The March 31st Presidential elections in Ukraine matter for Ukraine, its region and the EU. While the majority of experts deem it impossible for a winner to be declared in the first round and, thus, expect a second one in April, the March contest will be a first important step in the crucial process to determine the direction the country will take. So, while we should not hold our breath on election day, we should definitely keep a close eye on the contest and its outcome.
These elections mark the first time in modern Ukrainian history in which openly pro-Russian candidates stand no chance to be elected. This is certainly telling in a country that traditionally adopted a multi-vector foreign policy – that is, a careful balance between cooperation with both Russia and the West – but it makes sense given the high price that Ukraine has paid for being at the heart of geopolitical competition between Russia and the EU over the last six years.
And yet Ukraine’s pro-Western integration course is far from being undisputed. None of the three candidates currently leading in the polls – the incumbent pro-Westerner President Petro Poroshenko, the former Prime Minister and ex-energy tycoon Yulia Tymoshenko, and the comedian and political outsider Volodymyr Zelensky – questions it on paper, but some candidates’ electoral programmes or actions look at odds with this goal. For instance, the Ukrainian analyst and former Tymoshenko’s advisor Taras Kuzio accuses Tymoshenko of lacking consistency in both her domestic and foreign policies. On the one hand, she criticises IMF conditionality and advocates economic isolationism; on the other hand, she supports good relations with the EU – and, eventually, EU membership – but she overlooks the fact that one of the EU’s prerequisites for granting assistance to Ukraine is exactly the implementation of an IMF agreement. Zelensky’s fussy approach is also critical towards the IMF while giving lukewarm support to EU integration.
What’s at stake for the EU?
The EU has many reasons to pay close attention to these elections. First and foremost, the elections may prove to be a test for the success and credibility of Brussels’ foreign policy’s flagship initiative Eastern Partnership (EaP), the EU’s regional integration scheme for its “eastern neighbours”. Ukraine signed an Association Agreement (AA) with the EU in 2014 after years of negotiations and the Euromaidan revolution that led to regime change. Becoming a full-fledged EU member state has been an aspiration of relevant sectors of Ukraine’s elites and civil society alike. Last January, Ukrainian President Petro Poroshenko said Ukraine would apply for EU membership in 2024. Societal support for European integration has also reached very high levels after Euromaidan, despite regional and age gaps the continue to persist: since 2015, many opinion polls have shown that support for EU accession has remained on a similar level, with over 50 percent of Ukrainians in favour and 25 percent against. Yet the option of membership was never on the table officially; plus, the so-called “enlargement fatigue” and the wave of populism and Euroskepticism in European capitals suggest that it is not going to happen anytime soon. The very AA was rejected by Dutch voters in a 2016 referendum and, in order to save the deal, European leaders had to spell out that Ukraine was not promised EU membership, nor any military help in case of invasion.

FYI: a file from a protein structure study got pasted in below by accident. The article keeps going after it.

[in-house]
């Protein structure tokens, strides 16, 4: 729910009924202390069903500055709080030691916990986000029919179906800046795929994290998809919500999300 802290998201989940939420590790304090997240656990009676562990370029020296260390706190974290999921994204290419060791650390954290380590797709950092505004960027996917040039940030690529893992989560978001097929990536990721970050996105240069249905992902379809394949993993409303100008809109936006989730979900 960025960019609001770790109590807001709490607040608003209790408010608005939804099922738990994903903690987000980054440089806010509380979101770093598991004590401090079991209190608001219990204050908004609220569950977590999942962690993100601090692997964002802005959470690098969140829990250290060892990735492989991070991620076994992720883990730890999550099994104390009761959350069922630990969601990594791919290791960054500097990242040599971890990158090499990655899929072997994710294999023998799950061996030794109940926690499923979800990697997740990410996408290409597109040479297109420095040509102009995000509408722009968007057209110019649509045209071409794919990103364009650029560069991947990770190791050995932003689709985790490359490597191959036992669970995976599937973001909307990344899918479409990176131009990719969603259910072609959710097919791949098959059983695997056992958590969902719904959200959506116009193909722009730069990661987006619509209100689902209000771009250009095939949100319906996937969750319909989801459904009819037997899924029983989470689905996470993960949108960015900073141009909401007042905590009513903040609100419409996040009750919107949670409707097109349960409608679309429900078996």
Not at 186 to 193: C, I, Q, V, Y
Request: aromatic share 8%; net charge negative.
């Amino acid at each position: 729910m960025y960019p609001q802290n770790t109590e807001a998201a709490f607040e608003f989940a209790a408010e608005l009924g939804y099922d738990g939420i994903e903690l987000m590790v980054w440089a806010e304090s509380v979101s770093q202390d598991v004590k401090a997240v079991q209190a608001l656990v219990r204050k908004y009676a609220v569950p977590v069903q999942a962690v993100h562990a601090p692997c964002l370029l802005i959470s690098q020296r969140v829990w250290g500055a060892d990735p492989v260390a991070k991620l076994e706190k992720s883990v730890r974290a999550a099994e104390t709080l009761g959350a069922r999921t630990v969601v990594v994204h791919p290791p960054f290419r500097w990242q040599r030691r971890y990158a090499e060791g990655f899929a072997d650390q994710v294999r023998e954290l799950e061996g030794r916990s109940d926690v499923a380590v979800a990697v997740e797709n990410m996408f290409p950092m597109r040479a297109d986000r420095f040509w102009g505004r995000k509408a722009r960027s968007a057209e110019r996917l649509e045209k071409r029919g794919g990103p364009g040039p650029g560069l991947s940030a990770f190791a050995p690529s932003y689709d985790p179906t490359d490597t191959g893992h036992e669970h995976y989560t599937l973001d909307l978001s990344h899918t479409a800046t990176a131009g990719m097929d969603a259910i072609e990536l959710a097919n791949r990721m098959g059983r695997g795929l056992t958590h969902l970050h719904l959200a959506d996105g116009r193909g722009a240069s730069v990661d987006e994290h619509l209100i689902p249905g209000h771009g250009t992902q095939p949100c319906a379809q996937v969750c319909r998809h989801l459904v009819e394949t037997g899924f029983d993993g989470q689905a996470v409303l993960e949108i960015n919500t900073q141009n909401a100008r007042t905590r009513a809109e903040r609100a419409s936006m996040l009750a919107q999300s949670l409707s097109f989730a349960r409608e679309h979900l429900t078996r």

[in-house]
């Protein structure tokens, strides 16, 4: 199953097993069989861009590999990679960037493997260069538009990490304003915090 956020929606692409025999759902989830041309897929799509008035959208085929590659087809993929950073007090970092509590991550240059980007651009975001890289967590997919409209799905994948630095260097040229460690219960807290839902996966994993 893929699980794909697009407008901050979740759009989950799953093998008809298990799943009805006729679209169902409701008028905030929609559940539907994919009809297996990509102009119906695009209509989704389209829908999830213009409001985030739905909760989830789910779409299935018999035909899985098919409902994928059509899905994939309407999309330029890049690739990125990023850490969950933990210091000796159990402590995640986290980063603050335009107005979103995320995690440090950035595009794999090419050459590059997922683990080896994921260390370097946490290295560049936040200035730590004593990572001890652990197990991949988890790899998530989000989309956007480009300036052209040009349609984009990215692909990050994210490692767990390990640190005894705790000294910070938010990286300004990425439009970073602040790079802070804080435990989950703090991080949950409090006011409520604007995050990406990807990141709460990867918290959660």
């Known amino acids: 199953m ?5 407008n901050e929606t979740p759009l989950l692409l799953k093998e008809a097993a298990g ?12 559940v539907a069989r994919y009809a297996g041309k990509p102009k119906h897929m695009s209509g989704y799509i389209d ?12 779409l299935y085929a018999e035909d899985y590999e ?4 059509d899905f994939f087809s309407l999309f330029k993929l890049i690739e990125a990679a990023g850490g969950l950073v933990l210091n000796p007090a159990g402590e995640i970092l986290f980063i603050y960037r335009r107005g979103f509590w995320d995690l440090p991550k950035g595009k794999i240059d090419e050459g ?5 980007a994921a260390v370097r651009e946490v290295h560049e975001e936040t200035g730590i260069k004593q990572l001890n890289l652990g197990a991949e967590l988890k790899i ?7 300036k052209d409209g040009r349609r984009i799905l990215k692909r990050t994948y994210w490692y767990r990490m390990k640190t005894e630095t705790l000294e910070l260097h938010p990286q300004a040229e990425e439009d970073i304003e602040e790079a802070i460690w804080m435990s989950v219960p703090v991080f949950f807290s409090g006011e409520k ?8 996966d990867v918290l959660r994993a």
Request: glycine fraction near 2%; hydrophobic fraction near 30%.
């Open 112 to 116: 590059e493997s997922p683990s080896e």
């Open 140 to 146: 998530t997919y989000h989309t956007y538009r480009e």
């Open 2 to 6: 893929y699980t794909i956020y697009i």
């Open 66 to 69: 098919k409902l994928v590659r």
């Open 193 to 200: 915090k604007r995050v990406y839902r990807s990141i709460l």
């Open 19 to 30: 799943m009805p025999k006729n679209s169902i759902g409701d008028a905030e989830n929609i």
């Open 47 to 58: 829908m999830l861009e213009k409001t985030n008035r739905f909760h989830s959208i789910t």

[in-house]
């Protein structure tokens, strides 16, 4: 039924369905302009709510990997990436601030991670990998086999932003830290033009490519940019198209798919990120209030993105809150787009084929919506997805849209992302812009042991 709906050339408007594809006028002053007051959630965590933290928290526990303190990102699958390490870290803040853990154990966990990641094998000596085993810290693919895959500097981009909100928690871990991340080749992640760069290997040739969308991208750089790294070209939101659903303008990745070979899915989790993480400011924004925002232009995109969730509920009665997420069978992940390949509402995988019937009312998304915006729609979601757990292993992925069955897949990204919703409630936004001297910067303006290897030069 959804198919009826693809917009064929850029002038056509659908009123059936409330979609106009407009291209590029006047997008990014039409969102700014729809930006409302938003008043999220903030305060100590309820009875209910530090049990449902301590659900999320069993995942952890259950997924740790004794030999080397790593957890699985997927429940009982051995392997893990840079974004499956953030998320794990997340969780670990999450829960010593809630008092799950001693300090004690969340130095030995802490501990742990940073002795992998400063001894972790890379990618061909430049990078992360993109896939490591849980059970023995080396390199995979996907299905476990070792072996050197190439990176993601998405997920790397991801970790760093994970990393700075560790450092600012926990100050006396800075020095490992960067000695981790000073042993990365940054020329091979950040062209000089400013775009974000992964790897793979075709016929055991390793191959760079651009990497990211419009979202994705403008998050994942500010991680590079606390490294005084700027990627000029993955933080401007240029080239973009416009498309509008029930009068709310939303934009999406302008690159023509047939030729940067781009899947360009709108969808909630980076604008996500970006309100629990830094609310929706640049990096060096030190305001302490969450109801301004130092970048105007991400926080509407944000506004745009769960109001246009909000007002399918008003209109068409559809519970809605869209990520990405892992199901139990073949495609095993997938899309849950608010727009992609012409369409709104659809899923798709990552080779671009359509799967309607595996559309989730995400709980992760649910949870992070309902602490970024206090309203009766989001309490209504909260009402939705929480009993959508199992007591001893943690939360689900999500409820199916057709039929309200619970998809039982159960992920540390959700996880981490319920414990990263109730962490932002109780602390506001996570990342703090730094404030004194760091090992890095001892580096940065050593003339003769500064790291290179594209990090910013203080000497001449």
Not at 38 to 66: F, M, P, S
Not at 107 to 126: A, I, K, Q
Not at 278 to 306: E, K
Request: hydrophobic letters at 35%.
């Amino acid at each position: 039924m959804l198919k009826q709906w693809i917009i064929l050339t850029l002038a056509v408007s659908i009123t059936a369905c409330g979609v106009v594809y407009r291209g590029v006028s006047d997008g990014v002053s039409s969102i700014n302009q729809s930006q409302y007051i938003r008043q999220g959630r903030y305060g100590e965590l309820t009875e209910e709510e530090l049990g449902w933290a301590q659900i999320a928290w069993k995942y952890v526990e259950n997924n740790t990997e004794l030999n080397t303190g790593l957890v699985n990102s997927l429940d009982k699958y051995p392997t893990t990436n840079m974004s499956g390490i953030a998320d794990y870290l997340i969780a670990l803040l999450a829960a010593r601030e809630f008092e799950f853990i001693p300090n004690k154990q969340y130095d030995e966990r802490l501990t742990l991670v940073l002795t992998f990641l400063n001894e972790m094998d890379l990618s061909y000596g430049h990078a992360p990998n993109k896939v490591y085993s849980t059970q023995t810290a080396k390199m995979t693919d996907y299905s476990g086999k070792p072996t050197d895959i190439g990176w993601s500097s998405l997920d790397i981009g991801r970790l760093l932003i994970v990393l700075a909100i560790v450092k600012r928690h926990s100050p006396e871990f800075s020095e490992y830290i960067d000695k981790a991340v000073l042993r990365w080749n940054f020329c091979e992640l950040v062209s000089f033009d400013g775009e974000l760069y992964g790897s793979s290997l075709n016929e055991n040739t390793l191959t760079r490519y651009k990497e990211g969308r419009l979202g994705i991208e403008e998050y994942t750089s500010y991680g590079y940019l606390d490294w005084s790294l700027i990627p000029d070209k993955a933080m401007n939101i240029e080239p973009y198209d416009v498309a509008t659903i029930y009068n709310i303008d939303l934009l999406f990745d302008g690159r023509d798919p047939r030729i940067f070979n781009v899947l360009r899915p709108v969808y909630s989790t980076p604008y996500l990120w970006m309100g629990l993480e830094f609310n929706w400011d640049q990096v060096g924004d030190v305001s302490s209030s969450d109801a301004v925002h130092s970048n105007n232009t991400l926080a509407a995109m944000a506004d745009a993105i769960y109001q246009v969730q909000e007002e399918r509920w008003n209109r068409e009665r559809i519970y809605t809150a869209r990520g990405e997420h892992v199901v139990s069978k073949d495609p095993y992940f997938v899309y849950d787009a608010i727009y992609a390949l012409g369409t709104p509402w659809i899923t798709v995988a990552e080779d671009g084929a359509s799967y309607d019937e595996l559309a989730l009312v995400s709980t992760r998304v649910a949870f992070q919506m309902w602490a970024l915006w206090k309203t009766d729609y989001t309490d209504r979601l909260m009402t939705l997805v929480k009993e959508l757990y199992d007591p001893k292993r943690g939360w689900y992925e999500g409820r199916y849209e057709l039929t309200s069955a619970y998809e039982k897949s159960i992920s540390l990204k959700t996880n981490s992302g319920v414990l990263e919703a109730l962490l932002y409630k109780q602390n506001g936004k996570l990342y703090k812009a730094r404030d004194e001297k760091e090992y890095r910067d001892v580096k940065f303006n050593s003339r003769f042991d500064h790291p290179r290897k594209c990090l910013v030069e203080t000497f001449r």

Furthermore, there has been some discontent on both sides: while the EU complained about the speed of decentralisation reforms and insufficient efforts in fighting corruption and Oligarchisation, meanwhile Ukraine blames the EU for failing to honour its promises. Therefore, the big issue is how the EU will manage to keep supporting Kiev’s reforms attempts without a credible membership perspective as a powerful incentive at its disposal. It is true that reforms have to be carried out if and when they are believed to be in the country’s best interest, not just because of the EU’s so-called “golden carrot”. Yet frustration amongst the population over the perceived lack of EU support and commitment may be used by politicians to disrupt the reforms efforts. These elections will be an important signal of Ukraine’s willingness to keep up with the political course it has embarked on.
These elections will also determine which attitude the new Kiev government will adopt vis-à-vis Russia. The candidates have shown different approaches and concrete proposals to solve the longstanding conflict in the Donbass region. The evolution of the security situation has far-reaching implications for the EU, too; Brussels has further severed its already complicated ties with Moscow considerably over the Ukraine crisis, and it has linked the suspension of its Russia sanctions to the full implementation of the Minsk agreements. Improved relations between Ukraine and Russia may lead to the overcoming of the current impasse, where Ukraine and Russia blame each other for the lack of progress in the conflict resolution. Conversely, a maintaining of the status quo or the worsening of relations between Kiev and Moscow would certainly not aid in facilitating the normalisation of EU-Russia relations.